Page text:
Dr. Dean Mitchell and Dr. Jerry Block Discuss Key Allergy Issues on “All Things Medical” Radio Show

 

A man gives his son allergy drops, which can be customized to address multiple allergies at once.

A man gives his son allergy drops, which can be customized to address multiple allergies at once.

On Sunday, September 28, 2014, I had the honor of joining Dr. Jerry Block as a guest on his radio show “All Things Medical.” Dr. Block is a holistic medical doctor who practices in Tulsa, Oklahoma. In addition to being extremely articulate, he demonstrates an excellent grasp of the issues regarding allergy testing and treatment. Below I recap two of the topics we discussed.

Sublingual Allergy Immunotherapy

Dr. Block raised the topic of the FDA-approved sublingual tablet for grass and ragweed allergy. He asked how I felt about the FDA decision and how the tablets compared to the drops prescribed with the AllerVision program, and wondered if the therapy represented competition for AllerVision. I responded that I am very glad that the FDA approved the “big pharma” sublingual tablets because their official acceptance validates the efficacy of the sublingual route for allergy immunotherapy. However, I feel the drug companies’ therapies suffer from a number of drawbacks compared to the sublingual drops provided through the AllerVision program.

The first drawback and concern for me is that the products — Orlair, Grazax and Ragwitek — all come at a single high potency dose. This is problematic for highly allergic patients who may not be able to tolerate such a high dose. Allergy immunotherapy has always been accomplished in a multi-step desensitization whereby initial low doses are increased slowly and carefully to eventually achieve high dose protection. The AllerVision program of allergy drops follows this protocol. Secondly, the drug company products each address a single allergen: grass or ragweed. There are numerous other allergens: dust mites, tree pollens, pet dander and molds that are not addressed with the pharma tablets. The AllerVision program incorporates a customized combination of allergens in mixes of categories specific to each patient. Customized combination therapy is not only the way treatment has always been carried out by allergists, it is the most convenient and economical to treat the entire spectrum of the patient’s allergic syndrome. The drug company products will cost a patient roughly $8 per tablet compared to $2 per day for drops on the AllerVision program…big difference!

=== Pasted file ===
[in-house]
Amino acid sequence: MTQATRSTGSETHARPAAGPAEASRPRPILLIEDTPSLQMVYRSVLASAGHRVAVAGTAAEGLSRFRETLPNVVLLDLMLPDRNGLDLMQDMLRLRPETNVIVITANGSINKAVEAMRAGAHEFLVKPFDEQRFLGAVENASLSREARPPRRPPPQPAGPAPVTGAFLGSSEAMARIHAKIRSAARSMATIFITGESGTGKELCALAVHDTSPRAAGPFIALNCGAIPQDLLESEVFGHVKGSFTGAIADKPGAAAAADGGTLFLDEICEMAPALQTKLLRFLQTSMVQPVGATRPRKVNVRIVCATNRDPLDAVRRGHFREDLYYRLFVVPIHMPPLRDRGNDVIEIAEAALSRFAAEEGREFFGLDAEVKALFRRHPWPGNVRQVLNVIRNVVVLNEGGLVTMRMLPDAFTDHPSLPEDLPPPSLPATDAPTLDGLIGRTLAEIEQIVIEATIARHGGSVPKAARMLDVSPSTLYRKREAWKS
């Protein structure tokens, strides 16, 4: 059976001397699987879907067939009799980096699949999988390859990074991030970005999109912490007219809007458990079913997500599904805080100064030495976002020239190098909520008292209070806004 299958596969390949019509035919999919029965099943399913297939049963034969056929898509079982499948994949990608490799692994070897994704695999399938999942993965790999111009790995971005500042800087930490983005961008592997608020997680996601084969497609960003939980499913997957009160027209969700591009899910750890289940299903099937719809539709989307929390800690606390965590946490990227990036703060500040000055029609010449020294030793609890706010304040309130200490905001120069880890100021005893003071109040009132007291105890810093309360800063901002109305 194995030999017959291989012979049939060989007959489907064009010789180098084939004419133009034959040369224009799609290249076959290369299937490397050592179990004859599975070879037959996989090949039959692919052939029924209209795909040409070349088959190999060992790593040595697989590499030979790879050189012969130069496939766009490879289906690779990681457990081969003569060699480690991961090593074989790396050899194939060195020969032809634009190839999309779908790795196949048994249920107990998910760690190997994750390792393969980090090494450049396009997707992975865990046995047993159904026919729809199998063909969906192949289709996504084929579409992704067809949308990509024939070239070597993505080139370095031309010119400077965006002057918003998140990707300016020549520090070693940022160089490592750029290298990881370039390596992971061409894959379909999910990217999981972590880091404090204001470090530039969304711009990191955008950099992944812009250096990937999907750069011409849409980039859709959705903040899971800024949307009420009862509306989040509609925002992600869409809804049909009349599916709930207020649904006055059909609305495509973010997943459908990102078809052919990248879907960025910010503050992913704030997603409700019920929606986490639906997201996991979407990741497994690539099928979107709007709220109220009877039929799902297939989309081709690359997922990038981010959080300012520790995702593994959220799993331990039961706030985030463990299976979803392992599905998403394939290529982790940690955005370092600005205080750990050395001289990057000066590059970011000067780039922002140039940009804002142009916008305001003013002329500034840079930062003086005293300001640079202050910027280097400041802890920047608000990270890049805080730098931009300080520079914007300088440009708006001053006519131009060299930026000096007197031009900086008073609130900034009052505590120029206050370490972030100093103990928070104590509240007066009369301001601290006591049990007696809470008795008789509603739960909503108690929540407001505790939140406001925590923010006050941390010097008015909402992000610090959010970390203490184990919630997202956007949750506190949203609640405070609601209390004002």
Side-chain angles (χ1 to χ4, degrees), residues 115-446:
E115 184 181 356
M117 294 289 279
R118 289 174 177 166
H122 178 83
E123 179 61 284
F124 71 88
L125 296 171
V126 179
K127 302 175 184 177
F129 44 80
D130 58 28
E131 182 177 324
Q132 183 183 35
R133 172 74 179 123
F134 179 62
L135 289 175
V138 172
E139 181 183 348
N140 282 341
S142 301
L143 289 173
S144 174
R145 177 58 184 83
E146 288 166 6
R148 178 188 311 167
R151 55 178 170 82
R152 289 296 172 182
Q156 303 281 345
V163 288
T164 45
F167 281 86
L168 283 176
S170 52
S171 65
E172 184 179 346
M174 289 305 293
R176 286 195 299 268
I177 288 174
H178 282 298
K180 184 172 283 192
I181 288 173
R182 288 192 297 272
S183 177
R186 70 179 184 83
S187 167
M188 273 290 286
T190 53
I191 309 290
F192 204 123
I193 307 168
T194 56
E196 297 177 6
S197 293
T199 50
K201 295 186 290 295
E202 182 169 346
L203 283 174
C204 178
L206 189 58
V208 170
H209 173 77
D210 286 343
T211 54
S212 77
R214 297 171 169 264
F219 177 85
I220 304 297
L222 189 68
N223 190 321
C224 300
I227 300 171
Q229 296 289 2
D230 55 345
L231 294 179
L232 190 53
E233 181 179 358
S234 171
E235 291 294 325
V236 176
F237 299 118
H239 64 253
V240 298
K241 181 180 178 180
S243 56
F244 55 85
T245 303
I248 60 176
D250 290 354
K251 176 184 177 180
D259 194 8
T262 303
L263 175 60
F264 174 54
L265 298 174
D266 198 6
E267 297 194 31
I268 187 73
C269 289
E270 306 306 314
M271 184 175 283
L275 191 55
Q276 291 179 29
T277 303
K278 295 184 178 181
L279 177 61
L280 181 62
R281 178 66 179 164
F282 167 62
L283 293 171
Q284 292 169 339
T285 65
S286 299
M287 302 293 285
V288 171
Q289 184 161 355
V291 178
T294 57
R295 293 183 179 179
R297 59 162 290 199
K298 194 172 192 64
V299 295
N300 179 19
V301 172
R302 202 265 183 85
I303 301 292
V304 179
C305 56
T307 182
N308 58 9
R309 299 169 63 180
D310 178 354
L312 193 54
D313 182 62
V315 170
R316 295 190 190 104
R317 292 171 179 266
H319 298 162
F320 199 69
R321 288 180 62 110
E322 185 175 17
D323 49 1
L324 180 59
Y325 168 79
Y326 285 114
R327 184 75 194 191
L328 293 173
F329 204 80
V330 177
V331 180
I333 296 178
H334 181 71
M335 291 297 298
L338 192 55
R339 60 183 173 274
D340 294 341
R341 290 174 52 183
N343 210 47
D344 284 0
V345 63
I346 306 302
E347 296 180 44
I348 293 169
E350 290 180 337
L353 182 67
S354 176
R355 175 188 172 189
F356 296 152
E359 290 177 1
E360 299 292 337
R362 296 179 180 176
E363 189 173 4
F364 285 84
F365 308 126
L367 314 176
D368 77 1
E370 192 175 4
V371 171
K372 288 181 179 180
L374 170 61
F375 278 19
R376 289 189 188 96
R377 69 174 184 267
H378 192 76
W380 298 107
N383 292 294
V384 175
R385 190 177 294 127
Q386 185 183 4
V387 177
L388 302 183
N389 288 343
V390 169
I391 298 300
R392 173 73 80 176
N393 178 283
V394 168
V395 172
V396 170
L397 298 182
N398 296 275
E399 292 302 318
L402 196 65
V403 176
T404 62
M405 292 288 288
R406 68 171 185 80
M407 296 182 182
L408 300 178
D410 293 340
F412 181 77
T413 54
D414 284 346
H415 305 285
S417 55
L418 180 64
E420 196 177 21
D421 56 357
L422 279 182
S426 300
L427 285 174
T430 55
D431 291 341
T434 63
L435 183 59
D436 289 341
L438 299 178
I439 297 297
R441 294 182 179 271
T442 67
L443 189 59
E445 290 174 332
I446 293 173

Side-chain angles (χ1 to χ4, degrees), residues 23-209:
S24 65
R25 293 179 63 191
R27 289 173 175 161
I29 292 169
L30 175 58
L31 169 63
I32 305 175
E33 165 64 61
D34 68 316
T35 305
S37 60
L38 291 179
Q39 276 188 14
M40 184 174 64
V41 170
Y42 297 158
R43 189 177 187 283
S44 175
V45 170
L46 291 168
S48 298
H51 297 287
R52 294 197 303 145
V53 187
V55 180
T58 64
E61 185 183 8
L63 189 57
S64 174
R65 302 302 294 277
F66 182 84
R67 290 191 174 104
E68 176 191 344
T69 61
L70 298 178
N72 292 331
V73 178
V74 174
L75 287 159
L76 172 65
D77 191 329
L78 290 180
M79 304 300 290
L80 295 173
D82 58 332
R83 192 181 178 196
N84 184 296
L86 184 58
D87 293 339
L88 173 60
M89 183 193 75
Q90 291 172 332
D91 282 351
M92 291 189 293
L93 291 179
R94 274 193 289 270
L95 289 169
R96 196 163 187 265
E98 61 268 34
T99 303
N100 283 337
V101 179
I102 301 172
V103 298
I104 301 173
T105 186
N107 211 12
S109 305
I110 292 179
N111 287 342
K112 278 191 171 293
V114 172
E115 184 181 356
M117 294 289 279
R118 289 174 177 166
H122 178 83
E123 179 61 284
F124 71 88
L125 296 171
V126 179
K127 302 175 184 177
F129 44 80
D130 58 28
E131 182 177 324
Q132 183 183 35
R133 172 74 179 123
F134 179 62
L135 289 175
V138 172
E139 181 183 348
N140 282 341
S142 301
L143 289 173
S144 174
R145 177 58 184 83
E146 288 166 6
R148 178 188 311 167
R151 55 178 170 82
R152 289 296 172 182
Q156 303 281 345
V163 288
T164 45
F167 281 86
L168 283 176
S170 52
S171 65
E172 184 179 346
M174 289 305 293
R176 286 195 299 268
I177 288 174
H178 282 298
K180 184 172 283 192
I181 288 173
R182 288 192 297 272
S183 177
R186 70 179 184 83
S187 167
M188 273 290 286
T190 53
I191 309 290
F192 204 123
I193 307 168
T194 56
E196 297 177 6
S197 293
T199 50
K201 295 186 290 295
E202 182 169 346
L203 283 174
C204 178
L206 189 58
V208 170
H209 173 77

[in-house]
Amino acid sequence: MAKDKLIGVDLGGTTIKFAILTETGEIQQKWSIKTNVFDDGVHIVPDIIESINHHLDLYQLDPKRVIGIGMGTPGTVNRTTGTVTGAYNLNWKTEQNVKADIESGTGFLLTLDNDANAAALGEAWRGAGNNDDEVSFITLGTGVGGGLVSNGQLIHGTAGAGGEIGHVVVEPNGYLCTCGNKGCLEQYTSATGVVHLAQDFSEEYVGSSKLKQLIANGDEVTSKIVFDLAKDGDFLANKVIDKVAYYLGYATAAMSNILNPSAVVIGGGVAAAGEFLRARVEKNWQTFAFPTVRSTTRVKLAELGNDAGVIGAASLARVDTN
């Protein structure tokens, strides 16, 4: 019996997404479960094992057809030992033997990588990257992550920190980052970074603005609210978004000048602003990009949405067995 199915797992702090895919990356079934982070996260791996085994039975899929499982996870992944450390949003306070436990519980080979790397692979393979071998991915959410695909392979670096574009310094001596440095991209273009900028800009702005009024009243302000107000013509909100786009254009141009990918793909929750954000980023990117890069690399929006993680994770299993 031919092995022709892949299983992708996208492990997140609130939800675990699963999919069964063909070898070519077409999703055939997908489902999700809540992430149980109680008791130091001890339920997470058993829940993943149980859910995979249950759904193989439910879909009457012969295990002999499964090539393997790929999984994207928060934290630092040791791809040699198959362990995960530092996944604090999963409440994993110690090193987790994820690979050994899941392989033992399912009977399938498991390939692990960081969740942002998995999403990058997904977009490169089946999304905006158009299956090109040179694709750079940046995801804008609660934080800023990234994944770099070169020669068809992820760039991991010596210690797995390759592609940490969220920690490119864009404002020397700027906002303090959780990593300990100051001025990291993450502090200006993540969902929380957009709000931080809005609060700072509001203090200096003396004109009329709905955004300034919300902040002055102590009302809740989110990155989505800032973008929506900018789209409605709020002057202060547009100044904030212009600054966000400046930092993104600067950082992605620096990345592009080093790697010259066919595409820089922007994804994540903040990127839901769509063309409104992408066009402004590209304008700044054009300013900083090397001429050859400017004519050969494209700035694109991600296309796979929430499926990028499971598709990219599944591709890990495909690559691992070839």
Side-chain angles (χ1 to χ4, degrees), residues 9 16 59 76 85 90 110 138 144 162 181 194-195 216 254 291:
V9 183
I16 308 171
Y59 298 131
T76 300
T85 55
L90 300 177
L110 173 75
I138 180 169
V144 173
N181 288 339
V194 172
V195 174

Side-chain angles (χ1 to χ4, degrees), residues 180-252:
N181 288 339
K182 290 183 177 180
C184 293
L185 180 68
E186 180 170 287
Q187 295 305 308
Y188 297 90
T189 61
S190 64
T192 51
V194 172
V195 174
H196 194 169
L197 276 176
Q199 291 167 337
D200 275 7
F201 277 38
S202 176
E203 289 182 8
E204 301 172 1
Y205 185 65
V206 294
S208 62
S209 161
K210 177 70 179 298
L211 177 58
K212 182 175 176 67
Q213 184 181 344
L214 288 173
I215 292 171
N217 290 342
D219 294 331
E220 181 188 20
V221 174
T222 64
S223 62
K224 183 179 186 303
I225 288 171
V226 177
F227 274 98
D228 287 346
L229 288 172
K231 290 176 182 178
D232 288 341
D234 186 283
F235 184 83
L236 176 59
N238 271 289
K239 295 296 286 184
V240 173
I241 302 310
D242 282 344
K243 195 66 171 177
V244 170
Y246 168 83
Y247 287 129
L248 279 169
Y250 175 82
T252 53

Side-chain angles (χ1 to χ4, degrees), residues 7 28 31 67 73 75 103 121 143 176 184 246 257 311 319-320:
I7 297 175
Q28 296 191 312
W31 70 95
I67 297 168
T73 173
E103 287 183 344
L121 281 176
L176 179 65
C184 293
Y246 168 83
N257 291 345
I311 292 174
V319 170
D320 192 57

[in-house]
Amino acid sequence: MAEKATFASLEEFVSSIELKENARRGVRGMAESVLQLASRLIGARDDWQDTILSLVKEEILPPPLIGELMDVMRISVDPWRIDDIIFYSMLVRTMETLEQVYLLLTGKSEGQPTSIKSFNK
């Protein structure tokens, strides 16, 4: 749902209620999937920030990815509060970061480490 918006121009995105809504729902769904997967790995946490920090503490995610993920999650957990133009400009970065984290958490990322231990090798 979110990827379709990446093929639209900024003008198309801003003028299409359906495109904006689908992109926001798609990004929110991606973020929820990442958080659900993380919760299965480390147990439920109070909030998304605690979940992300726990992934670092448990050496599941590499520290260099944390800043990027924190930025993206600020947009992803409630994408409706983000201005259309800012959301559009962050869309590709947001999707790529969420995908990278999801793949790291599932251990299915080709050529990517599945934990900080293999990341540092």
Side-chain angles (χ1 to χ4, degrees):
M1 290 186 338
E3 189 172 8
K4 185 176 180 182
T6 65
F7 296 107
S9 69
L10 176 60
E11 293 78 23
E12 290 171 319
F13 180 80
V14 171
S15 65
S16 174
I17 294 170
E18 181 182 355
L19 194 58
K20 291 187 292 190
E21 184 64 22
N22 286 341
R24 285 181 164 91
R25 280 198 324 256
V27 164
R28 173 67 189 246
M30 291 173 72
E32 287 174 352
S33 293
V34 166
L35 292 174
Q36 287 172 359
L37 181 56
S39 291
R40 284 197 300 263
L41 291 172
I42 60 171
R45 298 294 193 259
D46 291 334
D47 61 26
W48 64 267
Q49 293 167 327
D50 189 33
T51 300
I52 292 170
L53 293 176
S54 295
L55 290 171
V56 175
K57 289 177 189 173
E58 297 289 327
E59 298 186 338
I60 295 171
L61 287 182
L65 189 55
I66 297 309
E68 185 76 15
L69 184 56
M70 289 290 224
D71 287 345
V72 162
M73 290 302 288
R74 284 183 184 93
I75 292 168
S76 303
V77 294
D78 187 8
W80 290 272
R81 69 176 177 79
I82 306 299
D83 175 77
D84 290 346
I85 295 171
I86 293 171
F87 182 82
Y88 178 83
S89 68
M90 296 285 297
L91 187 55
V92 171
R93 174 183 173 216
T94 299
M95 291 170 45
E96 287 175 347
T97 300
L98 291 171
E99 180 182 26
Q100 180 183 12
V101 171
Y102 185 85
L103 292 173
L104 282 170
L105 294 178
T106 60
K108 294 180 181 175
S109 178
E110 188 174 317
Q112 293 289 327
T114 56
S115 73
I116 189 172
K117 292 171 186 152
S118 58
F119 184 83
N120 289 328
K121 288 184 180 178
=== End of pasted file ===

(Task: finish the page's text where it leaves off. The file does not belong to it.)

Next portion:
Why are there so many people allergic today?

One of Dr Block’s big concerns was why it seems there are so many more children today with food and environmental allergies. My answer to him explained “The Hygiene Hypothesis,” which is espoused by epidemiological experts. At its core, it states that allergic diseases have flourished because of the overuse of antibiotics, vaccines and aggressive (even obsessive) sanitization efforts. At first this sounds crazy — we know that proper infection control is incredibly important; how can we be TOO CLEAN? But our increased understanding of the human microbiome points to the theory that excessive medical intervention has decreased infants’ exposure to good bacteria which, in turn, has unleashed an increase in allergies and autoimmune diseases. In fact, a key study this spring published in a major allergy journal found that infants treated with multiple courses of antibiotics before the age of two were much more likely to develop asthma than children who didn’t receive antibiotics!

I was impressed with Dr. Block’s knowledge of allergy and his interest in providing the best allergy testing and treatment for his patients. I reminded his listeners that AllerVision supports providers all over the United States offering affordable and effective sublingual allergy treatment!

Dr. Dean Mitchell

Allervision logo color

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